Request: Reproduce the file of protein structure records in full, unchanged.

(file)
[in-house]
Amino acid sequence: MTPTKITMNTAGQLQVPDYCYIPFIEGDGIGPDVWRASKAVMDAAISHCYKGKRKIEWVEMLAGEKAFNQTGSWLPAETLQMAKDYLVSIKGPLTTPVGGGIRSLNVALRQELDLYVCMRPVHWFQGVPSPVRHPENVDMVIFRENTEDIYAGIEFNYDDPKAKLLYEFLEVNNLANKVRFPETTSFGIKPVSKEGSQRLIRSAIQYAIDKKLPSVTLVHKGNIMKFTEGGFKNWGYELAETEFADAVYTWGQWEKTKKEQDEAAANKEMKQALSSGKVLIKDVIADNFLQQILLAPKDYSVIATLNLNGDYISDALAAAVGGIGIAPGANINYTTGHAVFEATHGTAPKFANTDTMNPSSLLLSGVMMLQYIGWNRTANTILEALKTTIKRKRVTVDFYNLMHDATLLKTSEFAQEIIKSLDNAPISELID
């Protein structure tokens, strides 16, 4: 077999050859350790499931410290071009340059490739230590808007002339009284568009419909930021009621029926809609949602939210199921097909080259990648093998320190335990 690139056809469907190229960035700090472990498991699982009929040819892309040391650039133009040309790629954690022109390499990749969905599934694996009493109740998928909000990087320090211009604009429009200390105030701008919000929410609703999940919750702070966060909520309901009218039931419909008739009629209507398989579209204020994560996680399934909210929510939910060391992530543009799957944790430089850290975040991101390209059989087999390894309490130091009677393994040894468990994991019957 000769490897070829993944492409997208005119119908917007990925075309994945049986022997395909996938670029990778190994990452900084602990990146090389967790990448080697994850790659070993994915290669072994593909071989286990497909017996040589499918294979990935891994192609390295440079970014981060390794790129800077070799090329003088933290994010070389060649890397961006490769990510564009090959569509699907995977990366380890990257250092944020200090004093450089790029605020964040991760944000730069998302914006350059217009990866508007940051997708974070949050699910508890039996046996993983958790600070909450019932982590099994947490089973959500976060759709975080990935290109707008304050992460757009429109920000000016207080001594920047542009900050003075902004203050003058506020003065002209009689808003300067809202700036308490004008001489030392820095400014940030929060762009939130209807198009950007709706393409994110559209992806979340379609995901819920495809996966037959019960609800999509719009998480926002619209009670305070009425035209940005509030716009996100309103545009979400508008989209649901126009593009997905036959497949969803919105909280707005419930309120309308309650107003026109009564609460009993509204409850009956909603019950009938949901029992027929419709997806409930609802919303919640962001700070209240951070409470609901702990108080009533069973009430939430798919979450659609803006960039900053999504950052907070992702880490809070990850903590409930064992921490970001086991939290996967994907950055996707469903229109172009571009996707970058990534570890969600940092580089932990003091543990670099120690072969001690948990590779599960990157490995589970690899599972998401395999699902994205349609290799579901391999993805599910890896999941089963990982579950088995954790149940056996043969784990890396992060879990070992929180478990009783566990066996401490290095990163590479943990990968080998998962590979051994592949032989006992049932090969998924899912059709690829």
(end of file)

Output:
[in-house]
Amino acid sequence: MTPTKITMNTAGQLQVPDYCYIPFIEGDGIGPDVWRASKAVMDAAISHCYKGKRKIEWVEMLAGEKAFNQTGSWLPAETLQMAKDYLVSIKGPLTTPVGGGIRSLNVALRQELDLYVCMRPVHWFQGVPSPVRHPENVDMVIFRENTEDIYAGIEFNYDDPKAKLLYEFLEVNNLANKVRFPETTSFGIKPVSKEGSQRLIRSAIQYAIDKKLPSVTLVHKGNIMKFTEGGFKNWGYELAETEFADAVYTWGQWEKTKKEQDEAAANKEMKQALSSGKVLIKDVIADNFLQQILLAPKDYSVIATLNLNGDYISDALAAAVGGIGIAPGANINYTTGHAVFEATHGTAPKFANTDTMNPSSLLLSGVMMLQYIGWNRTANTILEALKTTIKRKRVTVDFYNLMHDATLLKTSEFAQEIIKSLDNAPISELID
């Protein structure tokens, strides 16, 4: 077999050859350790499931410290071009340059490739230590808007002339009284568009419909930021009621029926809609949602939210199921097909080259990648093998320190335990 690139056809469907190229960035700090472990498991699982009929040819892309040391650039133009040309790629954690022109390499990749969905599934694996009493109740998928909000990087320090211009604009429009200390105030701008919000929410609703999940919750702070966060909520309901009218039931419909008739009629209507398989579209204020994560996680399934909210929510939910060391992530543009799957944790430089850290975040991101390209059989087999390894309490130091009677393994040894468990994991019957 000769490897070829993944492409997208005119119908917007990925075309994945049986022997395909996938670029990778190994990452900084602990990146090389967790990448080697994850790659070993994915290669072994593909071989286990497909017996040589499918294979990935891994192609390295440079970014981060390794790129800077070799090329003088933290994010070389060649890397961006490769990510564009090959569509699907995977990366380890990257250092944020200090004093450089790029605020964040991760944000730069998302914006350059217009990866508007940051997708974070949050699910508890039996046996993983958790600070909450019932982590099994947490089973959500976060759709975080990935290109707008304050992460757009429109920000000016207080001594920047542009900050003075902004203050003058506020003065002209009689808003300067809202700036308490004008001489030392820095400014940030929060762009939130209807198009950007709706393409994110559209992806979340379609995901819920495809996966037959019960609800999509719009998480926002619209009670305070009425035209940005509030716009996100309103545009979400508008989209649901126009593009997905036959497949969803919105909280707005419930309120309308309650107003026109009564609460009993509204409850009956909603019950009938949901029992027929419709997806409930609802919303919640962001700070209240951070409470609901702990108080009533069973009430939430798919979450659609803006960039900053999504950052907070992702880490809070990850903590409930064992921490970001086991939290996967994907950055996707469903229109172009571009996707970058990534570890969600940092580089932990003091543990670099120690072969001690948990590779599960990157490995589970690899599972998401395999699902994205349609290799579901391999993805599910890896999941089963990982579950088995954790149940056996043969784990890396992060879990070992929180478990009783566990066996401490290095990163590479943990990968080998998962590979051994592949032989006992049932090969998924899912059709690829």